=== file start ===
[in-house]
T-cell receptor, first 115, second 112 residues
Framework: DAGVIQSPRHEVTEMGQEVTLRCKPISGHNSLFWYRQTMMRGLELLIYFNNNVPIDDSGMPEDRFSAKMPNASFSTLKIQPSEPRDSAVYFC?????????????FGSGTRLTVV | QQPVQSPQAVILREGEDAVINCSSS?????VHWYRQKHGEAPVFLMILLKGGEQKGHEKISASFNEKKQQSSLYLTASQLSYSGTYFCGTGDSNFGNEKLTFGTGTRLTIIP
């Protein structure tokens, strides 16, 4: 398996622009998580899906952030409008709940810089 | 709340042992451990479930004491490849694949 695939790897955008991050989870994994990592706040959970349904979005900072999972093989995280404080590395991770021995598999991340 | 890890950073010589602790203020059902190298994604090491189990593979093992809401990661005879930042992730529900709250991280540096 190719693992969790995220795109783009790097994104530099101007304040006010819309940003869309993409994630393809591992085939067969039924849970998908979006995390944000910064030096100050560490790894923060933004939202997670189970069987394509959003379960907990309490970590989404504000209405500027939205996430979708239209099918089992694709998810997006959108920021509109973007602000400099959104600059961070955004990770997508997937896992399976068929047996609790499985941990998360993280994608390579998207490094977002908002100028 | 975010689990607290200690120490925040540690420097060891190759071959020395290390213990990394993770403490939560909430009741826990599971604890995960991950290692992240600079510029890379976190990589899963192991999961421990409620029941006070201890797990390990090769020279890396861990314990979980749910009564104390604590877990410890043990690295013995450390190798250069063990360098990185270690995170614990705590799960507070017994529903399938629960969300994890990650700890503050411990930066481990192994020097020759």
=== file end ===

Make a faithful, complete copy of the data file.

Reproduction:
[in-house]
T-cell receptor, first 115, second 112 residues
Framework: DAGVIQSPRHEVTEMGQEVTLRCKPISGHNSLFWYRQTMMRGLELLIYFNNNVPIDDSGMPEDRFSAKMPNASFSTLKIQPSEPRDSAVYFC?????????????FGSGTRLTVV | QQPVQSPQAVILREGEDAVINCSSS?????VHWYRQKHGEAPVFLMILLKGGEQKGHEKISASFNEKKQQSSLYLTASQLSYSGTYFCGTGDSNFGNEKLTFGTGTRLTIIP
């Protein structure tokens, strides 16, 4: 398996622009998580899906952030409008709940810089 | 709340042992451990479930004491490849694949 695939790897955008991050989870994994990592706040959970349904979005900072999972093989995280404080590395991770021995598999991340 | 890890950073010589602790203020059902190298994604090491189990593979093992809401990661005879930042992730529900709250991280540096 190719693992969790995220795109783009790097994104530099101007304040006010819309940003869309993409994630393809591992085939067969039924849970998908979006995390944000910064030096100050560490790894923060933004939202997670189970069987394509959003379960907990309490970590989404504000209405500027939205996430979708239209099918089992694709998810997006959108920021509109973007602000400099959104600059961070955004990770997508997937896992399976068929047996609790499985941990998360993280994608390579998207490094977002908002100028 | 975010689990607290200690120490925040540690420097060891190759071959020395290390213990990394993770403490939560909430009741826990599971604890995960991950290692992240600079510029890379976190990589899963192991999961421990409620029941006070201890797990390990090769020279890396861990314990979980749910009564104390604590877990410890043990690295013995450390190798250069063990360098990185270690995170614990705590799960507070017994529903399938629960969300994890990650700890503050411990930066481990192994020097020759």